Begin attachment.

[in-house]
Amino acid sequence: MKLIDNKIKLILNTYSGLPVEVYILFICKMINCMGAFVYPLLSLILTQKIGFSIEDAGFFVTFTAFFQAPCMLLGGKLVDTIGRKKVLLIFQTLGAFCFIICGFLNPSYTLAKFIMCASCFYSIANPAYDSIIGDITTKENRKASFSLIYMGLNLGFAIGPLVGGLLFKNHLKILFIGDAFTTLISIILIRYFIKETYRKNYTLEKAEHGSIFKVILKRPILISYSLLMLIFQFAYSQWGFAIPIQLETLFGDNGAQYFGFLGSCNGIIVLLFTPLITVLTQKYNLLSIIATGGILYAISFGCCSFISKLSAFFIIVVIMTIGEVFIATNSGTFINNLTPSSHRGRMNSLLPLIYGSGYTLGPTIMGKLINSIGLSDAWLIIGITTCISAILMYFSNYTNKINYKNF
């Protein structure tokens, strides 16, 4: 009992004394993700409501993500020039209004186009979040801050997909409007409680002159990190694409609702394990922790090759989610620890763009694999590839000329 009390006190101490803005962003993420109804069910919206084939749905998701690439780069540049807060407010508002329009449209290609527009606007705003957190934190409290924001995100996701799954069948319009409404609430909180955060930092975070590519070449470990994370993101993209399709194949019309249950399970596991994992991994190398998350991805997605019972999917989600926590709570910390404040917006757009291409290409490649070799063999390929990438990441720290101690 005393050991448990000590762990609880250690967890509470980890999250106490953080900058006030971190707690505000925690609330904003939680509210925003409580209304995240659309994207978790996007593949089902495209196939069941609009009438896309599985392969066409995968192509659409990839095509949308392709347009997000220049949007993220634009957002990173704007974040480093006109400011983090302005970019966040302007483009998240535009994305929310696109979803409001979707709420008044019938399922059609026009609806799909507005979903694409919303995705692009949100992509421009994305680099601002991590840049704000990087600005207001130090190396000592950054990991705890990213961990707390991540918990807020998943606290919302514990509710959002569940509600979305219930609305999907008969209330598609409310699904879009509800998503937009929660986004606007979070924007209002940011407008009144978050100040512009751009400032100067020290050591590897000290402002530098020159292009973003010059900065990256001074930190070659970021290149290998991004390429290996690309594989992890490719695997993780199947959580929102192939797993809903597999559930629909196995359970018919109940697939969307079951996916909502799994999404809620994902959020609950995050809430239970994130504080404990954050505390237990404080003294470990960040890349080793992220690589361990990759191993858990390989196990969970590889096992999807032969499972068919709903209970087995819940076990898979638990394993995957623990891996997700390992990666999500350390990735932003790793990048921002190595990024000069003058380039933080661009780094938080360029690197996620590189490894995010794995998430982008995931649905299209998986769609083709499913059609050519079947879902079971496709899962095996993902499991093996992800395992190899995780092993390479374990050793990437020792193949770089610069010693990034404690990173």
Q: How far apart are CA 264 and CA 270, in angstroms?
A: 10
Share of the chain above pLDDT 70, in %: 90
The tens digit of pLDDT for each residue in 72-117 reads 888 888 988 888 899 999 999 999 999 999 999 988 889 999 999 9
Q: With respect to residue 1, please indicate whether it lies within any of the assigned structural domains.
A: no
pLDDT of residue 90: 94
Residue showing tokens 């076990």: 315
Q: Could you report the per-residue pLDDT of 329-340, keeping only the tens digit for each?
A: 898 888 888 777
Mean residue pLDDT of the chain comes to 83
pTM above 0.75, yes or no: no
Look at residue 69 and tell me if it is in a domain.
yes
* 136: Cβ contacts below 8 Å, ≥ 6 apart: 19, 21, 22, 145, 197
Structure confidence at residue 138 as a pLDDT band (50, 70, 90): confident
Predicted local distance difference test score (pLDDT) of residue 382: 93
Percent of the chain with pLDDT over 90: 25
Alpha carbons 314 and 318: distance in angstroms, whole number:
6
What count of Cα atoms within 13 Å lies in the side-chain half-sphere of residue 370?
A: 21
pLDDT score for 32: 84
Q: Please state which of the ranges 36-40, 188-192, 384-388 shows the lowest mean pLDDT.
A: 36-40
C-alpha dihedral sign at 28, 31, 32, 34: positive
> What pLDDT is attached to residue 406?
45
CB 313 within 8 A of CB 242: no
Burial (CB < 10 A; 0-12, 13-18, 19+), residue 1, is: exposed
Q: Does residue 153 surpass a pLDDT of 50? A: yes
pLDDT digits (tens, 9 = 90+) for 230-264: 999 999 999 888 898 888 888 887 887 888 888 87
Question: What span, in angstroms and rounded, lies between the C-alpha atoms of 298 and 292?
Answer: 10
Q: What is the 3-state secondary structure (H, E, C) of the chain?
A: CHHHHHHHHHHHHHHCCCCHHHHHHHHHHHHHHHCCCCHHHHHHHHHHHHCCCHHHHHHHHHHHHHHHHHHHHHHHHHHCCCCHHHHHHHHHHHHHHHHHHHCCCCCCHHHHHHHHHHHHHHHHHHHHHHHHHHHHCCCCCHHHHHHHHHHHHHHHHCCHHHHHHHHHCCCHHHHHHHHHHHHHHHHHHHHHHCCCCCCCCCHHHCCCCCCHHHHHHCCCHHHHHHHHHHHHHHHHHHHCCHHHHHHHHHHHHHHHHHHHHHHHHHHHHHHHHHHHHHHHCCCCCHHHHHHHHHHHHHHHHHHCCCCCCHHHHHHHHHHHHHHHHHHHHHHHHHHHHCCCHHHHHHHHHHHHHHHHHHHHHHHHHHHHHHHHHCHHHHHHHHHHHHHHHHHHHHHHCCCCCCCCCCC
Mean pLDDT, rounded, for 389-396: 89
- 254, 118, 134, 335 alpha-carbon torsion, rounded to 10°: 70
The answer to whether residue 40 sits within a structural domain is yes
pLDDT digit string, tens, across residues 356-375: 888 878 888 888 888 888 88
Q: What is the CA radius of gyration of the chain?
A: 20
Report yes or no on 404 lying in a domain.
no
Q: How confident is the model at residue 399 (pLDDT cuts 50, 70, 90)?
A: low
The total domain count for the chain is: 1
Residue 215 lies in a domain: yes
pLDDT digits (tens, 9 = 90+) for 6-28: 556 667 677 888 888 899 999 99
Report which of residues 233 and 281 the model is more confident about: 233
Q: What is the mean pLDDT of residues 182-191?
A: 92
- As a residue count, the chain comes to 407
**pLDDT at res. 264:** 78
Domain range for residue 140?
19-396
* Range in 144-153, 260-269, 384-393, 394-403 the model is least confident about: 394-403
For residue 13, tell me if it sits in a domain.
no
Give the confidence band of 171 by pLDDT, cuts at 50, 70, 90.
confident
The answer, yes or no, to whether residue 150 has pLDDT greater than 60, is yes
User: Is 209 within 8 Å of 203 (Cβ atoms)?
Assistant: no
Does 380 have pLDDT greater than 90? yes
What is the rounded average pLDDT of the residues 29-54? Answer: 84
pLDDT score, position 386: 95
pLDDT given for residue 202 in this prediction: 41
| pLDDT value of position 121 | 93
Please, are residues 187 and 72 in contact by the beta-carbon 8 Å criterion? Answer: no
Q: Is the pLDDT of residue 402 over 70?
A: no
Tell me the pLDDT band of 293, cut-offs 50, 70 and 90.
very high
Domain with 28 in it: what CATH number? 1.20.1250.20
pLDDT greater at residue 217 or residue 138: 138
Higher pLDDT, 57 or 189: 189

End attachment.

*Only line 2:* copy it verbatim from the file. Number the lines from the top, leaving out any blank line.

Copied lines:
Amino acid sequence: MKLIDNKIKLILNTYSGLPVEVYILFICKMINCMGAFVYPLLSLILTQKIGFSIEDAGFFVTFTAFFQAPCMLLGGKLVDTIGRKKVLLIFQTLGAFCFIICGFLNPSYTLAKFIMCASCFYSIANPAYDSIIGDITTKENRKASFSLIYMGLNLGFAIGPLVGGLLFKNHLKILFIGDAFTTLISIILIRYFIKETYRKNYTLEKAEHGSIFKVILKRPILISYSLLMLIFQFAYSQWGFAIPIQLETLFGDNGAQYFGFLGSCNGIIVLLFTPLITVLTQKYNLLSIIATGGILYAISFGCCSFISKLSAFFIIVVIMTIGEVFIATNSGTFINNLTPSSHRGRMNSLLPLIYGSGYTLGPTIMGKLINSIGLSDAWLIIGITTCISAILMYFSNYTNKINYKNF